Trump’s fraud trial begins
Donald Trump yesterday began his first of many trials — a civil fraud case that imperils his company and threatens his image. The New York State attorney general’s office accused the former president of inflating his riches by more than $2 billion to obtain favorable deals with banks and bragging rights about his wealth.
The trial’s opening day brought Trump face-to-face with one of his longest-running antagonists: the attorney general of New York, Letitia James, who filed the case against him, his adult sons and their family business. If her office proves its case, the judge overseeing the trial could impose an array of punishments on Trump, including a $250 million penalty.
The trial, expected to last more than a month and to include testimony from Trump, coincides with the former president’s latest White House run. After the civil case ends, Trump will face four criminal trials that touch on a range of subjects: hush-money payments to a porn star, the handling of classified documents and his efforts to remain in power after losing the 2020 election.
Context: The fraud case, which will be decided by the judge rather than a jury, has struck a nerve with the former president. The claims portray him as a cheat rather than a captain of industry and undercut an image he constructed while he catapulted from real estate to reality television fame and ultimately the White House.
E.U. foreign ministers meet in Kyiv
Nearly all of the E.U.’s highest diplomats met at a surprise summit in Ukraine’s battered wartime capital to reassert the bloc’s commitment to Ukraine against Russia’s invasion and to rebut concerns that some countries’ support might be waning.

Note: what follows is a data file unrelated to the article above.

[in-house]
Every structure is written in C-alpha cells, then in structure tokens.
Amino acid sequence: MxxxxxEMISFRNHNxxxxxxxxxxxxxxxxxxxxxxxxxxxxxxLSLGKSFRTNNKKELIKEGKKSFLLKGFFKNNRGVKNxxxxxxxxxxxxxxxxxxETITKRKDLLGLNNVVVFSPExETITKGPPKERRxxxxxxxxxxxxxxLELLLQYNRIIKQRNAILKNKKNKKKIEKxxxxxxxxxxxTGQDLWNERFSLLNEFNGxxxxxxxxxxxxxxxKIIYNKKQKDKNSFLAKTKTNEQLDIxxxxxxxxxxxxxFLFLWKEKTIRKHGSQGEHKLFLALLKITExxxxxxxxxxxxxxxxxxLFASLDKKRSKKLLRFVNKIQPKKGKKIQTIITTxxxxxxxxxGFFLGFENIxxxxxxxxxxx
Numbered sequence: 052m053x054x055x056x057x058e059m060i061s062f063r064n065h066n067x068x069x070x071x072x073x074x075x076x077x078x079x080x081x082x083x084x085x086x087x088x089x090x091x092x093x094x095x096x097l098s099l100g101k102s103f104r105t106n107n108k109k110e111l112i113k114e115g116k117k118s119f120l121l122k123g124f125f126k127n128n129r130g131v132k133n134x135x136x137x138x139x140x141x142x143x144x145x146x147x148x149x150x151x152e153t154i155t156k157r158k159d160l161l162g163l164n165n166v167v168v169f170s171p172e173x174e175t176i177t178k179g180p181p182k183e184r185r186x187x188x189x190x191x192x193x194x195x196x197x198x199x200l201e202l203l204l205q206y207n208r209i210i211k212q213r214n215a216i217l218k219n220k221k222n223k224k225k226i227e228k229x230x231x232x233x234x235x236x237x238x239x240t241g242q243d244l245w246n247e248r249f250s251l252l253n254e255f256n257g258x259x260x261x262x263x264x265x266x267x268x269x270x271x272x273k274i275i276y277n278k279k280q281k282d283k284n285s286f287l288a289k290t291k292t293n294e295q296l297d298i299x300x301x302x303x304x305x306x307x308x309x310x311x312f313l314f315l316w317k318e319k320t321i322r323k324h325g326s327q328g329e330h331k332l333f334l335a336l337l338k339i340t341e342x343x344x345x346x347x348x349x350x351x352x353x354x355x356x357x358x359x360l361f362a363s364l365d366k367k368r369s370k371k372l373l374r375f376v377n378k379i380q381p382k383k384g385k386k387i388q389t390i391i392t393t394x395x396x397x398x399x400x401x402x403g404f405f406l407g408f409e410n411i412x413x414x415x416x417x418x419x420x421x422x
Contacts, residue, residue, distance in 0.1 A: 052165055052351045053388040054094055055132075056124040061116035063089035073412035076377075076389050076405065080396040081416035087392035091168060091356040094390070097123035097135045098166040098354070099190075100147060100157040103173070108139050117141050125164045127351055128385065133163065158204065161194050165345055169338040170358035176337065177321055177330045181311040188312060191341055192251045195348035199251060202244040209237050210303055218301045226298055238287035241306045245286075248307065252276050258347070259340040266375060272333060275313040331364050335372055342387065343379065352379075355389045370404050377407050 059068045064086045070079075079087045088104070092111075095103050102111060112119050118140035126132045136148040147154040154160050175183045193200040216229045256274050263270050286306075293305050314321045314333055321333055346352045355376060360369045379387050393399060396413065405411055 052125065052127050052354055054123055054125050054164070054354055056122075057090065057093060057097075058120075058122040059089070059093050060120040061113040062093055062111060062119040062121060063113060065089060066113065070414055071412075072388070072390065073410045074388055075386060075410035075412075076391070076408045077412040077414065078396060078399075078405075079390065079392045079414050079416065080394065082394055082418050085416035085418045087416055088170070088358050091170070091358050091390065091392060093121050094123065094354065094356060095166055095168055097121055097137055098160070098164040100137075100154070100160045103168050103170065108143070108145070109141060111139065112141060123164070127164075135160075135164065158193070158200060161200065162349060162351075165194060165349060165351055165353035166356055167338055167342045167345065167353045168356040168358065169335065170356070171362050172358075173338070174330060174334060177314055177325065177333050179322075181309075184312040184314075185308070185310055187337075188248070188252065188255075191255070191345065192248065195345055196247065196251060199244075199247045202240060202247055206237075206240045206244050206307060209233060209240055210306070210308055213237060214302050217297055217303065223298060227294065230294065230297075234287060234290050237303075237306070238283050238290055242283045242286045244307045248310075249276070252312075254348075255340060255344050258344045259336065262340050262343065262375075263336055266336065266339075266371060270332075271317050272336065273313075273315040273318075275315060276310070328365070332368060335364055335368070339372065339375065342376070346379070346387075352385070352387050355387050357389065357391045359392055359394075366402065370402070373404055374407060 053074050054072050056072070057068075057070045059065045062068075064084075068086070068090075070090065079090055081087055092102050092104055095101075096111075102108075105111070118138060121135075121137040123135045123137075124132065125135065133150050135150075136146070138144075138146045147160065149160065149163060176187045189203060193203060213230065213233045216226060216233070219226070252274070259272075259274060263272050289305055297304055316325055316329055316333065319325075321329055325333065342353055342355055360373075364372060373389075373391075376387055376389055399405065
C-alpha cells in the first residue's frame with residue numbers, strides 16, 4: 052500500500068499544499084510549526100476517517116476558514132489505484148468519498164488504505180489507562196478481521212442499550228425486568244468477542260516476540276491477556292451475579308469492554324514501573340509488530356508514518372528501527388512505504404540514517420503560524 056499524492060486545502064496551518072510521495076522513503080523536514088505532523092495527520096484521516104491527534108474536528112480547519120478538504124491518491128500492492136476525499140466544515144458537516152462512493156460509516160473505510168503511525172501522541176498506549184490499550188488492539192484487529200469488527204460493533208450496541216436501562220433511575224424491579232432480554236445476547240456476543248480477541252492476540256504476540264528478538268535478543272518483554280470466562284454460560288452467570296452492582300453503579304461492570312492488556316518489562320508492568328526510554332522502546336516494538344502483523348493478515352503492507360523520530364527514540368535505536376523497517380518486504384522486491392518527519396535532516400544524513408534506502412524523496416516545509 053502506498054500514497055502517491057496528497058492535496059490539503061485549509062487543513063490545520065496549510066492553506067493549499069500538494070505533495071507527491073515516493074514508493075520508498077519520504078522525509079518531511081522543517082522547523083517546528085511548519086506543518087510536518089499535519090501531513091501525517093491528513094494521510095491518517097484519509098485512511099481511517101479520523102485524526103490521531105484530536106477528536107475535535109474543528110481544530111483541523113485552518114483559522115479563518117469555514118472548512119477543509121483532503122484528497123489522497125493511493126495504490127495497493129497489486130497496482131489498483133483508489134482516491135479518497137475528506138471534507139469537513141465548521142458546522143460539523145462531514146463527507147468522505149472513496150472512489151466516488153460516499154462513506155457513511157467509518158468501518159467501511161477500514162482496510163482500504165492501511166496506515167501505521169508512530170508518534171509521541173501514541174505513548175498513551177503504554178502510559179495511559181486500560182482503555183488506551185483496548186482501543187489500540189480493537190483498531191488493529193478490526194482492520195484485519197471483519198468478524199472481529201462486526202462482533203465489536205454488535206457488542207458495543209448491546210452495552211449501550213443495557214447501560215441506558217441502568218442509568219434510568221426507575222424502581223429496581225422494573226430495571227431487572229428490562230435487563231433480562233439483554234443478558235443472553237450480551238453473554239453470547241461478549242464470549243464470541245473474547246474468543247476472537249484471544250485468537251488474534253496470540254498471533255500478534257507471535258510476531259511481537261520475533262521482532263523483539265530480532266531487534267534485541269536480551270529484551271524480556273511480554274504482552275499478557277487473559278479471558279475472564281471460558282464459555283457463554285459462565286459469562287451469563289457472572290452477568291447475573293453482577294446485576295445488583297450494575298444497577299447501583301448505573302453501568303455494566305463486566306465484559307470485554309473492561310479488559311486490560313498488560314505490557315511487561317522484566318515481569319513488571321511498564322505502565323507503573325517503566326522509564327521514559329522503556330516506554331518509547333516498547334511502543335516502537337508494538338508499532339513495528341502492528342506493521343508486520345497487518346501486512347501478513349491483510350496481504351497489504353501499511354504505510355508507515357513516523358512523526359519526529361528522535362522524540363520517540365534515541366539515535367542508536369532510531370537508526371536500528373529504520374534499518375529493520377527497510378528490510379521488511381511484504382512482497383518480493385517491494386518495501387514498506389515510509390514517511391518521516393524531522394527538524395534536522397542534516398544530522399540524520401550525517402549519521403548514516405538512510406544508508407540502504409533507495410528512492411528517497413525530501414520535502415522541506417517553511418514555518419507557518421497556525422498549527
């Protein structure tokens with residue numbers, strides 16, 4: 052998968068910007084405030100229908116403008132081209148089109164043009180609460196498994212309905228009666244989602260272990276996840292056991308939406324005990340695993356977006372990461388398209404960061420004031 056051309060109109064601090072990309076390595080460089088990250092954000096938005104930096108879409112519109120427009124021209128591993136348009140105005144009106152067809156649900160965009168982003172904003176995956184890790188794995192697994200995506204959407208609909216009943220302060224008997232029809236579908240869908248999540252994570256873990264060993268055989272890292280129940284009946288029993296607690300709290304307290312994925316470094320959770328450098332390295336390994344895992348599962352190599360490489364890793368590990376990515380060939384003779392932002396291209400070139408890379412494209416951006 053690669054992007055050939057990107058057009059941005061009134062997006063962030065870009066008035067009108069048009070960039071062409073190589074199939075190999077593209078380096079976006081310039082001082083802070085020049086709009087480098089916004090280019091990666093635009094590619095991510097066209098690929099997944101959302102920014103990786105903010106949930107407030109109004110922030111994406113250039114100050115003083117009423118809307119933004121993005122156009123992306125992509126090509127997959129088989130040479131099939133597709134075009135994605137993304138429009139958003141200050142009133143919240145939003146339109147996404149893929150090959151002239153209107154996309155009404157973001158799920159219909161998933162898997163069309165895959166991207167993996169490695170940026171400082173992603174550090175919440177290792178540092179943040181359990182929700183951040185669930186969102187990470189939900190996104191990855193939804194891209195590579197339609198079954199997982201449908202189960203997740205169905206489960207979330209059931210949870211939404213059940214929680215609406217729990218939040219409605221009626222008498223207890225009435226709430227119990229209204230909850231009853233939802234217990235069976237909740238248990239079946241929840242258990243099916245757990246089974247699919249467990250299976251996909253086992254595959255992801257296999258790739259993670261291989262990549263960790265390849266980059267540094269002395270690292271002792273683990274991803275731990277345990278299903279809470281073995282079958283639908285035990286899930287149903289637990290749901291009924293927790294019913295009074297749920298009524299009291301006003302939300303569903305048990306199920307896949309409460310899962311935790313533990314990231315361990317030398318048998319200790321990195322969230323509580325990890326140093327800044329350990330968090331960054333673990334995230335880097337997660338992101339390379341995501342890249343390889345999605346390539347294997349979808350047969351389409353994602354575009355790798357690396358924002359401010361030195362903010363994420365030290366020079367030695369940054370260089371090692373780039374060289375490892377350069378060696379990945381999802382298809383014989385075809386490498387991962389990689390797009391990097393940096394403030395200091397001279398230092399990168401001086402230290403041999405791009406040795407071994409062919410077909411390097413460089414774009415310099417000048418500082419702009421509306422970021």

Russia’s attack on Ukraine roused the E.U. into a run of unified action that was extraordinary for the often-fractious bloc. Over 18 months, the nations have imposed 11 rounds of economic sanctions on Russia, provided training for the Ukrainian military and given billions of euros in support.
But the West’s sustained backing has not come without strains, as member nations have struggled to reckon with the war’s economic consequences and to maintain political unity at home.
Details: The foreign ministers came from 23 of the European Union’s 27 members, and they were joined by representatives from the four remaining countries, Poland, Hungary, Latvia and Sweden.
A gunfight in a Kosovar village
After ethnic Serbian gunmen stormed the small village of Banjska in Kosovo last week and fought a deadly battle with Kosovar forces, Serbia deployed thousands of military forces along Kosovo’s border. The White House denounced the move as “destabilizing.”
The violence has raised fears that this troubled Balkan region could be plunged into a wider conflagration. Sinisa Jancovic, a lumberjack from northern Kosovo, said he had heard heavy gunfire as the battle raged. But with the village sealed off by special Kosovar police forces, he was now more worried about getting enough to eat. “I’m very tired of all this,” he said.
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Moonshot real estate
Through partnerships and 3-D printing, NASA is plotting how to build houses on the moon by 2040. Living on Mars isn’t far behind — meaning people might live on the moon and Mars in your lifetime.
A 3-D printer on the moon will build structures, layer by additive layer, out of a specialized lunar concrete created from the rock chips, mineral fragments and dust that sits on the top layer of the moon’s cratered surface and billows in poisonous clouds whenever disturbed — a plan made possible through new technology and partnerships with universities and private companies.